Farewell, Sonny

I have been covering Central Luzon for Ang Pahayagang Malaya for more than a year when the news desk told me that Angelo “Sonny” Lopez had been accepted as correspondent for Angeles City. That was sometime in 1984 and Malaya was by then fast emerging as the nation’s No. 1 opposition paper.

I was a 17-year-old student journalist while Sonny was a 27-year-old columnist for the Pampanga Eagle, a weekly tabloid. I did not know Sonny before that but I found out later he was several years my senior at Sacred Heart Seminary and a graduate of the University of Sto. Tomas.

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I got the chance to meet Sonny a few weeks later when he agreed to join me in covering a protest in the neighboring town of Porac, then one of the strongholds of the communist New People’s Army (NPA) in Pampanga. The barrio folk of Pulong Santol were demanding the pullout of the Air Force detachment in their barangay because of the abuses committed by the soldiers stationed there.

Barangay leaders accused the soldiers, who established their detachment inside the local elementary school, of terrorizing villagers by breaking into their houses in the middle of the night ostensibly in search of NPA guerrillas.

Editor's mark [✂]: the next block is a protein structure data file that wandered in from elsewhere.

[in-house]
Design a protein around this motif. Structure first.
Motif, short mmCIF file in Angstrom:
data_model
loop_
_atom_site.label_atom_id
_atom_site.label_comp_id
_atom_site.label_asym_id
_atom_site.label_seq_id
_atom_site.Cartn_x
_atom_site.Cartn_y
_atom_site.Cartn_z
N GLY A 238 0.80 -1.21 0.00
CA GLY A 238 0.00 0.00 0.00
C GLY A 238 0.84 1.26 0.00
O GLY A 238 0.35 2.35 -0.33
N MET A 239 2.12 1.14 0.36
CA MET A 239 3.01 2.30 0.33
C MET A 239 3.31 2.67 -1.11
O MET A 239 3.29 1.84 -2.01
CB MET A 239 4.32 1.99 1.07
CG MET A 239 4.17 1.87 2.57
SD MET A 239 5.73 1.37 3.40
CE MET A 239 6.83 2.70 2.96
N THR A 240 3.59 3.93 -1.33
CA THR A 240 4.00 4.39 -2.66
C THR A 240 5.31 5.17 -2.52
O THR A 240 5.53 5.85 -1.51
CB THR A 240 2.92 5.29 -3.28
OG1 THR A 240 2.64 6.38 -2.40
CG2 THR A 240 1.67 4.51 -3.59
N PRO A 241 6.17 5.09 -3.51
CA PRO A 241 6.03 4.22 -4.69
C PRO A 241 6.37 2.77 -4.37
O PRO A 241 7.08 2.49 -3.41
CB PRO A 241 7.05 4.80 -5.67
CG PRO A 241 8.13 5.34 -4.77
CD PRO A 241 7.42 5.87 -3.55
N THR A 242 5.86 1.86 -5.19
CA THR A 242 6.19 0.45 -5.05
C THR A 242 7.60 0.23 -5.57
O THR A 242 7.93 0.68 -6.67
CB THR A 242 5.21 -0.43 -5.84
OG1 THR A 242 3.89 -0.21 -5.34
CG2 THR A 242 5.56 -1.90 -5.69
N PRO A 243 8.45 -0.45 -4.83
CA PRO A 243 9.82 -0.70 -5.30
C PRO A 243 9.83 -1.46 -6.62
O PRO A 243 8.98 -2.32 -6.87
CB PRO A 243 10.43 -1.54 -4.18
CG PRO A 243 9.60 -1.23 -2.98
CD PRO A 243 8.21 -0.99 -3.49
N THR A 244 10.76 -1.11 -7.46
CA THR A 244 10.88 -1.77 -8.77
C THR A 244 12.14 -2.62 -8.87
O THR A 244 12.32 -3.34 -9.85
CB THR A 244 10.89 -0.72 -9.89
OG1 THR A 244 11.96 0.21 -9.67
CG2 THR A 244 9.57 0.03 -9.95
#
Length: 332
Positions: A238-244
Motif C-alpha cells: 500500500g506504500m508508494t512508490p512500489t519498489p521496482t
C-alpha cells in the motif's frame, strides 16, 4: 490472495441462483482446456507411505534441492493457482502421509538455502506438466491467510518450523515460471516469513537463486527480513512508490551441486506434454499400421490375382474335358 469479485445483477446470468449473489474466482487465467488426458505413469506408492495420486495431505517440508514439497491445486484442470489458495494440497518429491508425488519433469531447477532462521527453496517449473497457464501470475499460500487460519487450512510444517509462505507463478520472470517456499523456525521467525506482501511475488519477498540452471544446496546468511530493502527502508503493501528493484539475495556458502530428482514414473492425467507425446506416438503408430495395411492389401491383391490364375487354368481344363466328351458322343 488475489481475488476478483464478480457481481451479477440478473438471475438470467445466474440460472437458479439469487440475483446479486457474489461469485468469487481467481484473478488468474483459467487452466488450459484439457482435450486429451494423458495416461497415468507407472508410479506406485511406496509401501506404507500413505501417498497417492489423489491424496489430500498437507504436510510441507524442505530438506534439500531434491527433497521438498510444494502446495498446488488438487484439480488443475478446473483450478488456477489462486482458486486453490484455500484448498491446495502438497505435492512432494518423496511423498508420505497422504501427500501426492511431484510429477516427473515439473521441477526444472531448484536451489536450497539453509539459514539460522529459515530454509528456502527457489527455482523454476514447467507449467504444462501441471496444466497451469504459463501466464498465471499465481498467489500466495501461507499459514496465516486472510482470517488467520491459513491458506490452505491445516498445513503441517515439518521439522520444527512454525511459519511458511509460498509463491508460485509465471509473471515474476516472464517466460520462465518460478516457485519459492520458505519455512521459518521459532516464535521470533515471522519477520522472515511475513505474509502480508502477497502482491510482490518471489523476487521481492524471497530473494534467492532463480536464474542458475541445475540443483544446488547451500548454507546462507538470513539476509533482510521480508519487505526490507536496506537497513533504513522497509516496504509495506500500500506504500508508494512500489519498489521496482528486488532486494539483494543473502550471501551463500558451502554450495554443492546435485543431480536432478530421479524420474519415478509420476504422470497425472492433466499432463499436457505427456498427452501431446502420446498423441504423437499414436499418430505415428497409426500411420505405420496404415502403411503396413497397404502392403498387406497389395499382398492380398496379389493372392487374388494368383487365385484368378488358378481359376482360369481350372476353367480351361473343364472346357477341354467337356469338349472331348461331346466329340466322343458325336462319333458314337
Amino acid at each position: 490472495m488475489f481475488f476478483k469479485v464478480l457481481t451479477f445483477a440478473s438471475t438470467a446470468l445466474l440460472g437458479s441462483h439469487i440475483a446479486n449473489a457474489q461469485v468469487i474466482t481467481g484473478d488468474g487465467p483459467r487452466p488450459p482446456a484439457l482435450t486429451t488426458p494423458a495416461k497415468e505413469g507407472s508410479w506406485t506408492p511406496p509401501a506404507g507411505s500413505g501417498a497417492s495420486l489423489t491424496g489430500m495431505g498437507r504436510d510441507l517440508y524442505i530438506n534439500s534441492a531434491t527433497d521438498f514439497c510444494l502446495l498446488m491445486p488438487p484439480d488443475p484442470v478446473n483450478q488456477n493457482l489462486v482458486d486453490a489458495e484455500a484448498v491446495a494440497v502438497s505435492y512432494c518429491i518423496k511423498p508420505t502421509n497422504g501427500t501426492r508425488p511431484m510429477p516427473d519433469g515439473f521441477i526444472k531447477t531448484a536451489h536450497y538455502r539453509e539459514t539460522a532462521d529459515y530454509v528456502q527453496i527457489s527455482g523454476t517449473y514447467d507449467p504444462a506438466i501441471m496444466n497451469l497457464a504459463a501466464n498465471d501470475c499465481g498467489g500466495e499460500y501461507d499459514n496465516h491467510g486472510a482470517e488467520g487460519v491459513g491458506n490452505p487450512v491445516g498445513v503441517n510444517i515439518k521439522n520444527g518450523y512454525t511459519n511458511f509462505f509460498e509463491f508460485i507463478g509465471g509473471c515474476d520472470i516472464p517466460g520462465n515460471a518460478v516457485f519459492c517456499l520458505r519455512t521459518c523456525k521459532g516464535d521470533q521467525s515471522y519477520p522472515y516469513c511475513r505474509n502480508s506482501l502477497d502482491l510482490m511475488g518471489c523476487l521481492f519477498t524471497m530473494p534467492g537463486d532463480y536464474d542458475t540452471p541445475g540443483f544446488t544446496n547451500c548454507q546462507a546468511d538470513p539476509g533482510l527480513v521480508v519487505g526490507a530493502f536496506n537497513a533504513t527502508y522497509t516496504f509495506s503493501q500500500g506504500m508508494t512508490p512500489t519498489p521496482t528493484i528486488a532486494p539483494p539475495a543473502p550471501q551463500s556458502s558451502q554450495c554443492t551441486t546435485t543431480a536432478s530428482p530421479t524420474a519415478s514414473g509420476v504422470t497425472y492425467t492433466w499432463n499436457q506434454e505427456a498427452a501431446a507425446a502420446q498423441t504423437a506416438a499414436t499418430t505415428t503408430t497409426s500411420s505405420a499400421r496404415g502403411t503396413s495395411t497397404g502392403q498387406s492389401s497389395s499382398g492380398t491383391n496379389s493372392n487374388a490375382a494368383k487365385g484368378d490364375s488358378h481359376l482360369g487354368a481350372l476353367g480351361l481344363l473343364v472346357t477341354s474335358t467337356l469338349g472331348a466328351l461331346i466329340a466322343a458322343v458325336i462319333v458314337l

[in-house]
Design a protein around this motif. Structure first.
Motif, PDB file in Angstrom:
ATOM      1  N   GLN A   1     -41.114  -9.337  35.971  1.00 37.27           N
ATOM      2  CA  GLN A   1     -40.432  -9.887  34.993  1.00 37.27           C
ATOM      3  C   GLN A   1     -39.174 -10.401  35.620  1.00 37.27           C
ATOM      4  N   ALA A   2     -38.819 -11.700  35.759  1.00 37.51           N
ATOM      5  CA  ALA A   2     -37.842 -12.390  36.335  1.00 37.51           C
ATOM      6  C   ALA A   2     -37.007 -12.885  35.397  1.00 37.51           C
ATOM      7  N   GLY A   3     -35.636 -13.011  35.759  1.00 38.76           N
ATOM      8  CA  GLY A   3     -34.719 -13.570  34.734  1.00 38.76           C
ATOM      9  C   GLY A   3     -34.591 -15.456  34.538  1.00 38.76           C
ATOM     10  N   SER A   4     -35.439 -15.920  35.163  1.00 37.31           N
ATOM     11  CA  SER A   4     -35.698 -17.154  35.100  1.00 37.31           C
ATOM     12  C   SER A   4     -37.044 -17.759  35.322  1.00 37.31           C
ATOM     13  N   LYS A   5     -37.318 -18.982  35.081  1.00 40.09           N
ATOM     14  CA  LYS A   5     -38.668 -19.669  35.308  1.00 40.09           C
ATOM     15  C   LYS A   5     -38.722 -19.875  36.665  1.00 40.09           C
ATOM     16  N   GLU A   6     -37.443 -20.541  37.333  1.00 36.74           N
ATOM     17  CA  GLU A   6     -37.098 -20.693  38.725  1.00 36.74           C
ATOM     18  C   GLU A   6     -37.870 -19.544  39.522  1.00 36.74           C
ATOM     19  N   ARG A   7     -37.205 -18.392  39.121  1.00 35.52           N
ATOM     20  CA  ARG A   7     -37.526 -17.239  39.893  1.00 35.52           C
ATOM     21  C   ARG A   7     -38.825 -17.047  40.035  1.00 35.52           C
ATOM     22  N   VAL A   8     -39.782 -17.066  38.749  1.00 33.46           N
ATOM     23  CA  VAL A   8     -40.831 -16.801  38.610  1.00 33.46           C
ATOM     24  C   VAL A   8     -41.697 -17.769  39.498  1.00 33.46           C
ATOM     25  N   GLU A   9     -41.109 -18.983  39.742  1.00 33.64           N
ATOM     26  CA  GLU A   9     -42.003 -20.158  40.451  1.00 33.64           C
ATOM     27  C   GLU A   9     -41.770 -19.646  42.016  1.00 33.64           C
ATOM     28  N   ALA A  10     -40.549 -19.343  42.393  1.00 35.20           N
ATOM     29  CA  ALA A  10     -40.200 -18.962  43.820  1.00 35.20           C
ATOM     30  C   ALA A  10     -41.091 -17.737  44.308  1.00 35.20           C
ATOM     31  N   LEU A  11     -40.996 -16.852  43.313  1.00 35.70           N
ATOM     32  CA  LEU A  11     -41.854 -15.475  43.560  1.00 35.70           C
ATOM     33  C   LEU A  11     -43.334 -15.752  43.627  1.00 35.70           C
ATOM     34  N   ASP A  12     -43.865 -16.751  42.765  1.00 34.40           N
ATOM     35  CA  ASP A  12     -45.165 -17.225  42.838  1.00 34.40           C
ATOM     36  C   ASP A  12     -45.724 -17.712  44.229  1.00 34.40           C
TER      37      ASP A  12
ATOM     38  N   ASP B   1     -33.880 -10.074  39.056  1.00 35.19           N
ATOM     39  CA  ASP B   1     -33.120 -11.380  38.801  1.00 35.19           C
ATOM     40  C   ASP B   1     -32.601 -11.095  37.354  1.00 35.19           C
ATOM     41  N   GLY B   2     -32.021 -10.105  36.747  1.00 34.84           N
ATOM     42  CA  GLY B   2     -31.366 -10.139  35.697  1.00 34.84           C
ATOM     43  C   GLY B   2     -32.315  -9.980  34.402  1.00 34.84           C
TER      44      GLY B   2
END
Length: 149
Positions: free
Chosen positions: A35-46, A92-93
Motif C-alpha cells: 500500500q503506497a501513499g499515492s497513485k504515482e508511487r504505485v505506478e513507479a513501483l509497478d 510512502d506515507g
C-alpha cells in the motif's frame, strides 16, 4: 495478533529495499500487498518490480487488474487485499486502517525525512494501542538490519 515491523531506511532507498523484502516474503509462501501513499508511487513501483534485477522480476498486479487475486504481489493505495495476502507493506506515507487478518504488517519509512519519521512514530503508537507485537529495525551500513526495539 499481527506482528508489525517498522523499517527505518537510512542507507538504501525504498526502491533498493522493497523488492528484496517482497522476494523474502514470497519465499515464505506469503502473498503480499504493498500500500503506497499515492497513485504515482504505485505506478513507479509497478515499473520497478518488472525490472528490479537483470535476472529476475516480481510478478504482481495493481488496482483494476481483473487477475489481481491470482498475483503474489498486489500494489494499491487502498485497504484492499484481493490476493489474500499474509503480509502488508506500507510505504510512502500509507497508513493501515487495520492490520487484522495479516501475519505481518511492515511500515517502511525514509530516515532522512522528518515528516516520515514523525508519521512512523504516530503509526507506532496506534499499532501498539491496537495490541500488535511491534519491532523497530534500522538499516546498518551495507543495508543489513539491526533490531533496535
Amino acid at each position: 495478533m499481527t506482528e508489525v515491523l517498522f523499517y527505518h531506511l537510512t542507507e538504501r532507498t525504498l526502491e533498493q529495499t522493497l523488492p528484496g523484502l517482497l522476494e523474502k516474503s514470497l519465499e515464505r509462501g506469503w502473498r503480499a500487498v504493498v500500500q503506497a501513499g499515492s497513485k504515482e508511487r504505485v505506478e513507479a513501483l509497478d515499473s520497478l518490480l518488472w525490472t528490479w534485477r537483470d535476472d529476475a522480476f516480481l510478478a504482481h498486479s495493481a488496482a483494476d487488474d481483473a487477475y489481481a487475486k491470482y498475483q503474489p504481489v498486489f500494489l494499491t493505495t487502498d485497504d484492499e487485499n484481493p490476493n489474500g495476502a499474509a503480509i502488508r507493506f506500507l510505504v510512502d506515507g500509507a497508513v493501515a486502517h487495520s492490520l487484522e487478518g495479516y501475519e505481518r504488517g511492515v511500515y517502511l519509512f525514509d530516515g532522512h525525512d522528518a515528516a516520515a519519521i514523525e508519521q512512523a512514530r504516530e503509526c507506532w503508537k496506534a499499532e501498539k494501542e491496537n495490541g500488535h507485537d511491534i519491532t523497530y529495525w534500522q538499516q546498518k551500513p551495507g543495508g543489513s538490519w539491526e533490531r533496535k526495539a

That day’s protest was supposed to be no different from those I have previously covered. That was until the obviously intoxicated detachment commander emerged from one of the classrooms that serve as his quarters, cocked and aimed his M16 and threatened to open fire at the crowd demonstrating outside.

Sonny and I were out there in front, sandwiched between soldiers with fingers on the trigger and demonstrators clutching home-made placards. We were in the line of fire along with human rights lawyers Edgardo Pamintuan and Arlene Buan, Sister Celine Saplala and Wilson Velasco. I mustered a quick prayer and waited for the guns to fire.

Ed and Arlene carefully approached the agitated Air Force captain and tried to pacify him. Ed saw a native puppy peeping from the door of the officer’s quarters and asked if it was his. “Ay, ang ganda ng tuta mo,” Ed said. “Mahilig ka pala sa aso.” The captain nodded.

And that’s how they were able to pacify the detachment commander. We would all have been goners had the two lawyers not defuse the situation by talking sense into him. The situation could have easily ended in the Pulong Santol Massacre that would actually predate the infamous Escalante Massacre by several months. In that incident in the town of Escalante in Negros Occidental, police and militiamen killed almost 30 people when they opened fire on protestors.

In 1986, at the height of the EDSA Uprising, Sonny and I joined Ed, Alex Cauguiran and Lt. Col. Amado Espino in taking over Radio Station DWGV-FM in Angeles City to urge Kapampangans to rally behind the revolutionary government of Corazon Aquino. Hundreds of Kapampangans heeded our call and barricaded the Bamban Bridge in Mabalacat to prevent loyalist troops from proceeding to Manila.